Cell therapy for Parkinson's disease: problems and prospects.

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39 Citations (Scopus)


Cell replacement therapy in Parkinson's disease (PD) has so far been based on the use of primary dopaminergic (DA) neuroblasts obtained from the brain of aborted human fetuses. Clinical trials show that intrastriatal DA neuron transplants can give substantial symptomatic relief in advanced PD patients. Two recent NIH-sponsored placebo-controlled trials, however, have given disappointing results and highlighted a number of critical issues that need to be resolved in order to turn cell transplantation into an acceptable clinical therapy. First, graft survival and clinical outcome has so far been too variable, suggesting that DA neuron grafts may not be equally effective in all PD patients. Secondly, it has become clear that immune mechanisms leading to slowly developing inflammatory responses may compromise long-term graft survival and function. Third, the problems associated with the use of tissue from aborted fetuses make it necessary to develop alternative sources of cells for transplantation. Recent progress in the generation of DA neuroblasts from neural progenitors and embryonic stem cells suggest that these kinds of cell may offer more accessible, defined and standardized sources of cells for clinical transplantation in PD.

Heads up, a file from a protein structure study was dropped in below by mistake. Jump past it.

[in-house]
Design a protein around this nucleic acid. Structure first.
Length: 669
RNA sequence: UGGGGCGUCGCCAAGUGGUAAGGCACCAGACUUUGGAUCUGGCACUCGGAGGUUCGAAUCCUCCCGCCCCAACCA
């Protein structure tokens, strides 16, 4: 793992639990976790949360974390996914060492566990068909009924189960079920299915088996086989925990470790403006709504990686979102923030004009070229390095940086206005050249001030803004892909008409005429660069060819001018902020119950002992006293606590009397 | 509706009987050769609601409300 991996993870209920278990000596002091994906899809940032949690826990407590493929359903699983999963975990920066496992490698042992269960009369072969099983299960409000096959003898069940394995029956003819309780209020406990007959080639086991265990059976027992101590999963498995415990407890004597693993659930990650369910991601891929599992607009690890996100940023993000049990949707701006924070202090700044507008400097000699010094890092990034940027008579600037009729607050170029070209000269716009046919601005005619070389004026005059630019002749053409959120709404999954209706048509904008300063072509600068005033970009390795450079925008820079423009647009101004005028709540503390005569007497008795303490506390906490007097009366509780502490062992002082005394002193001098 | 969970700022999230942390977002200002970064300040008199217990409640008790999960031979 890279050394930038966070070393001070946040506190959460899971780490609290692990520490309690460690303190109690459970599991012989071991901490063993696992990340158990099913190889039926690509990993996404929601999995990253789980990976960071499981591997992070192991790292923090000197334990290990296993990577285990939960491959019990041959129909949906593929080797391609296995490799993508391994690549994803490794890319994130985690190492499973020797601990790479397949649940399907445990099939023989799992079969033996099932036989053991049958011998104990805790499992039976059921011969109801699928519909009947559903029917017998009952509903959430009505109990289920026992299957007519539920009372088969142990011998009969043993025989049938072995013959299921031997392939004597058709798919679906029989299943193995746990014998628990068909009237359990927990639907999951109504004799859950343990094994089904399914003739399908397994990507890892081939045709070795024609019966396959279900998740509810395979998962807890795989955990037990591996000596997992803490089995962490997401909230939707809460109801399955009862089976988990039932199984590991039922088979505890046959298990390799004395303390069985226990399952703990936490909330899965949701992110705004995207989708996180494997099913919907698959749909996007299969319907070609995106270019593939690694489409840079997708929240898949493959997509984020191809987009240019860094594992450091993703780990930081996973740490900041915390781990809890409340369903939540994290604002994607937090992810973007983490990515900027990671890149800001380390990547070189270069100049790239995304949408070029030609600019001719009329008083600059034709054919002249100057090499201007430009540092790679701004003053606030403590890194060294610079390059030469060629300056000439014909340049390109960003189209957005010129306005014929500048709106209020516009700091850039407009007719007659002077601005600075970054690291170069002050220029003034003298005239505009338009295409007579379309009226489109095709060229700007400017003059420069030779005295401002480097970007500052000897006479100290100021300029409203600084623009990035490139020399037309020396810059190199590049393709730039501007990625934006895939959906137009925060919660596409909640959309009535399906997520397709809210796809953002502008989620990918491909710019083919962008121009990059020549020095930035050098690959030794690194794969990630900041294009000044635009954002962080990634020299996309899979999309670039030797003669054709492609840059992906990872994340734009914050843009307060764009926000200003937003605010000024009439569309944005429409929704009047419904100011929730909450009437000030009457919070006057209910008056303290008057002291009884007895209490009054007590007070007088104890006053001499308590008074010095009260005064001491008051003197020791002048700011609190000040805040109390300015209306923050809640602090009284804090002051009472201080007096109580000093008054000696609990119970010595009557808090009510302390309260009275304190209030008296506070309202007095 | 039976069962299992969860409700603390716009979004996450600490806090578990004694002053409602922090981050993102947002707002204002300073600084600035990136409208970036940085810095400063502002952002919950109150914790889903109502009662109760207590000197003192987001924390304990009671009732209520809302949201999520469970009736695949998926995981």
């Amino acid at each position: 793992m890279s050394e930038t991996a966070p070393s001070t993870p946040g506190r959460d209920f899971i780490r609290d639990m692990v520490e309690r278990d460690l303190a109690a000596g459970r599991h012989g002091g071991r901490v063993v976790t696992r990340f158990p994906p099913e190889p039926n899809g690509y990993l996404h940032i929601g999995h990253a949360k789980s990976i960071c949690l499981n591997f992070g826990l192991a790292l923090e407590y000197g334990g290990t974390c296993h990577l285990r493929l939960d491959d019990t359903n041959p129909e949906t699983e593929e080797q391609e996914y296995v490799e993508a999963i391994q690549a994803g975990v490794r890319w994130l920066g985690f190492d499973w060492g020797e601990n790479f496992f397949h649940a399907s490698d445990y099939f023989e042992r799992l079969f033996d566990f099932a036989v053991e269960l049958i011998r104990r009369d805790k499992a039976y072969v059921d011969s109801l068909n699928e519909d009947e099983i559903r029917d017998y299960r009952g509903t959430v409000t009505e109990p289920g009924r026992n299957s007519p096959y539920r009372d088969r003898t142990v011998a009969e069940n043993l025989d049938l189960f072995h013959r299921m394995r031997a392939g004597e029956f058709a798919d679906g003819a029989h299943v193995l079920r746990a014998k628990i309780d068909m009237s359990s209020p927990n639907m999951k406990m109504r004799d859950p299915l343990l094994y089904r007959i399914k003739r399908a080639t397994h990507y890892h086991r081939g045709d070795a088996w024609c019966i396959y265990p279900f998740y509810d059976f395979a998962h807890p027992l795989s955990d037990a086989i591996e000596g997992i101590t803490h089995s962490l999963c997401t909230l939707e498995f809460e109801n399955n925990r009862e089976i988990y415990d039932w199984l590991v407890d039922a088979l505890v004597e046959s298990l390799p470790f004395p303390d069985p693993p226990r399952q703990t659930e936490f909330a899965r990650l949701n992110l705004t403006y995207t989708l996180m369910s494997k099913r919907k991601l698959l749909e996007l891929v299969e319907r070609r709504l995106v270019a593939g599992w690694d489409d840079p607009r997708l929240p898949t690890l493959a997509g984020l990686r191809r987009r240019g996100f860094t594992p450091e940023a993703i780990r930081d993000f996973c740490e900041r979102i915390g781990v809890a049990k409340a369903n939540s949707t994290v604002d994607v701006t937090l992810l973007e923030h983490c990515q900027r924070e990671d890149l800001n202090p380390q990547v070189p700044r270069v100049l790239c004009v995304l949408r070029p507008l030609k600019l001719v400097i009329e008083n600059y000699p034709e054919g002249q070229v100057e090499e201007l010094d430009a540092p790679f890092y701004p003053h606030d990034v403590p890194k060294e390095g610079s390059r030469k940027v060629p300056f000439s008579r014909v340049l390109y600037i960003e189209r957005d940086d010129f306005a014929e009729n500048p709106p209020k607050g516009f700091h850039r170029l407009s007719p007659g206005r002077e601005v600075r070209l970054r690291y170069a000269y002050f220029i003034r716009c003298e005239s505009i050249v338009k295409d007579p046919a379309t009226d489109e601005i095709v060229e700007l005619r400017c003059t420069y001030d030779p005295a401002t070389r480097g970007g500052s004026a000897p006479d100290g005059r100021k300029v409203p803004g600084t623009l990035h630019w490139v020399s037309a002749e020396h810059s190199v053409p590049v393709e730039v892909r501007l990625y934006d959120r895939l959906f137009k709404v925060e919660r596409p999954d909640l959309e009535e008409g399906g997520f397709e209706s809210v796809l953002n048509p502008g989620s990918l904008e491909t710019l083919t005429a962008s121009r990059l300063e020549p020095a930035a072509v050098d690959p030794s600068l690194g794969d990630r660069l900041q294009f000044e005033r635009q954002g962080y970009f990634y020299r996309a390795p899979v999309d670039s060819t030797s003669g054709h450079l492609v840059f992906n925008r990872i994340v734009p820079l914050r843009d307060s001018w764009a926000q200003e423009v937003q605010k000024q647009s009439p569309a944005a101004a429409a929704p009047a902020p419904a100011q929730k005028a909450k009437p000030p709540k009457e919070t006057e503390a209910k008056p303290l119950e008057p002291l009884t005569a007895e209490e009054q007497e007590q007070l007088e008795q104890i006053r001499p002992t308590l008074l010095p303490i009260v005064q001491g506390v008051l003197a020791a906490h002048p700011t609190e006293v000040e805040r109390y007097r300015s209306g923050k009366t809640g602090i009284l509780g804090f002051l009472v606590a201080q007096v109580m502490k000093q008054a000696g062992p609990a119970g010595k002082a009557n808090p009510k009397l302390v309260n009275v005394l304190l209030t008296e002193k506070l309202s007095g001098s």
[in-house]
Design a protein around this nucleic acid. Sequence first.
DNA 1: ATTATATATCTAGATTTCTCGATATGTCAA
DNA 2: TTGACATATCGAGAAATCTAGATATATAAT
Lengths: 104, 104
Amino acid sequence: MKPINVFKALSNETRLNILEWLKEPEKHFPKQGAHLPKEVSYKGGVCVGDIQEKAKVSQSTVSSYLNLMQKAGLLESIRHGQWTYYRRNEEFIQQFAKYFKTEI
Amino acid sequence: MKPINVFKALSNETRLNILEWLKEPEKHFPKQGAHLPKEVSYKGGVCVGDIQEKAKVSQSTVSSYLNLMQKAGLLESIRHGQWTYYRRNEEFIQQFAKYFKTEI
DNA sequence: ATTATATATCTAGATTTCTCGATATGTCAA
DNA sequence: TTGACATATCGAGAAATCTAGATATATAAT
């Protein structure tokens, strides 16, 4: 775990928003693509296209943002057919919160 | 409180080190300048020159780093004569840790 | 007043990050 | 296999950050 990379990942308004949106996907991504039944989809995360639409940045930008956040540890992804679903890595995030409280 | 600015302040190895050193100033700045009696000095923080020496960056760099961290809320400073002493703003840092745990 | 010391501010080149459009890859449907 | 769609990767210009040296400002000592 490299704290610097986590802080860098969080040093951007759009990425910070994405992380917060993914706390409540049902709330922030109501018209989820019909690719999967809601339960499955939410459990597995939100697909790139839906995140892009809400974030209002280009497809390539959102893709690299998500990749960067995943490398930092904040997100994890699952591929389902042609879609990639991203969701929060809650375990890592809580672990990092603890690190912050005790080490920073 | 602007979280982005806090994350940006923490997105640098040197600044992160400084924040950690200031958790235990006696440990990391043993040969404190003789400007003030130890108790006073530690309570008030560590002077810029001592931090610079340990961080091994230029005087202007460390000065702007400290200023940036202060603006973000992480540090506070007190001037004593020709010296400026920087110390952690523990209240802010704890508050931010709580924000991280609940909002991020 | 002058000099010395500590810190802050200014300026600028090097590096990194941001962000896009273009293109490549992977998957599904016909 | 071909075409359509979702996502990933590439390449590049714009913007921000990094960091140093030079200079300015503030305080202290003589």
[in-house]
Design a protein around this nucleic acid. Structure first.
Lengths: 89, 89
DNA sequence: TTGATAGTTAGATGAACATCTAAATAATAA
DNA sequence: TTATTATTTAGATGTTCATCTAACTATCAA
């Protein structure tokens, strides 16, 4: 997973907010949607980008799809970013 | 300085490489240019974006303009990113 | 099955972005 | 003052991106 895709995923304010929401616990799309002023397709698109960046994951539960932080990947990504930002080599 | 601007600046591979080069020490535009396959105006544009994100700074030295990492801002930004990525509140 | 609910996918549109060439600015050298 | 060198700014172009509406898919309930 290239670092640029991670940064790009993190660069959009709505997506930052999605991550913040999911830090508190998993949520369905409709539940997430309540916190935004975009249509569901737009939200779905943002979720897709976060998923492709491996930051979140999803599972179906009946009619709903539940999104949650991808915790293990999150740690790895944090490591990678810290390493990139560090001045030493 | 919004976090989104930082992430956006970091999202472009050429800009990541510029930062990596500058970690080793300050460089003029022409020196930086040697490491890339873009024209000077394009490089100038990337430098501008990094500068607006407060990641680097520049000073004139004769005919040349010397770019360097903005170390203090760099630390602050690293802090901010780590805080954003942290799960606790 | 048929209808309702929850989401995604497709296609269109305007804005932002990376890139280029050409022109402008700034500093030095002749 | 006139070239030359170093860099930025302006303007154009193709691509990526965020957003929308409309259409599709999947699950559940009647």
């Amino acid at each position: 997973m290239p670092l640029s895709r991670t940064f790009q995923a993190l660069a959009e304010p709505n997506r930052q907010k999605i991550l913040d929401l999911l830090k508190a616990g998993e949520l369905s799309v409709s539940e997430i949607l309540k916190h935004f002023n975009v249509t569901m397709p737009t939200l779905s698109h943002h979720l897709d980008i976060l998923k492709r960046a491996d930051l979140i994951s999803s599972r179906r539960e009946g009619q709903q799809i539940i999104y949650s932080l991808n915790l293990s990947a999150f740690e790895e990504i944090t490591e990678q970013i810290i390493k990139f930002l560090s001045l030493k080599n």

Original languageEnglish
Pages (from-to)174-186
JournalNovartis Foundation Symposium
Publication statusPublished - 2005

Subject classification (UKÄ)

  • Basic Medicine


  • Cell Differentiation: physiology
  • Dopamine: metabolism
  • Humans
  • Neurons: cytology
  • Neurons: physiology
  • Parkinson Disease: physiopathology
  • Parkinson Disease: therapy
  • Stem Cell Transplantation


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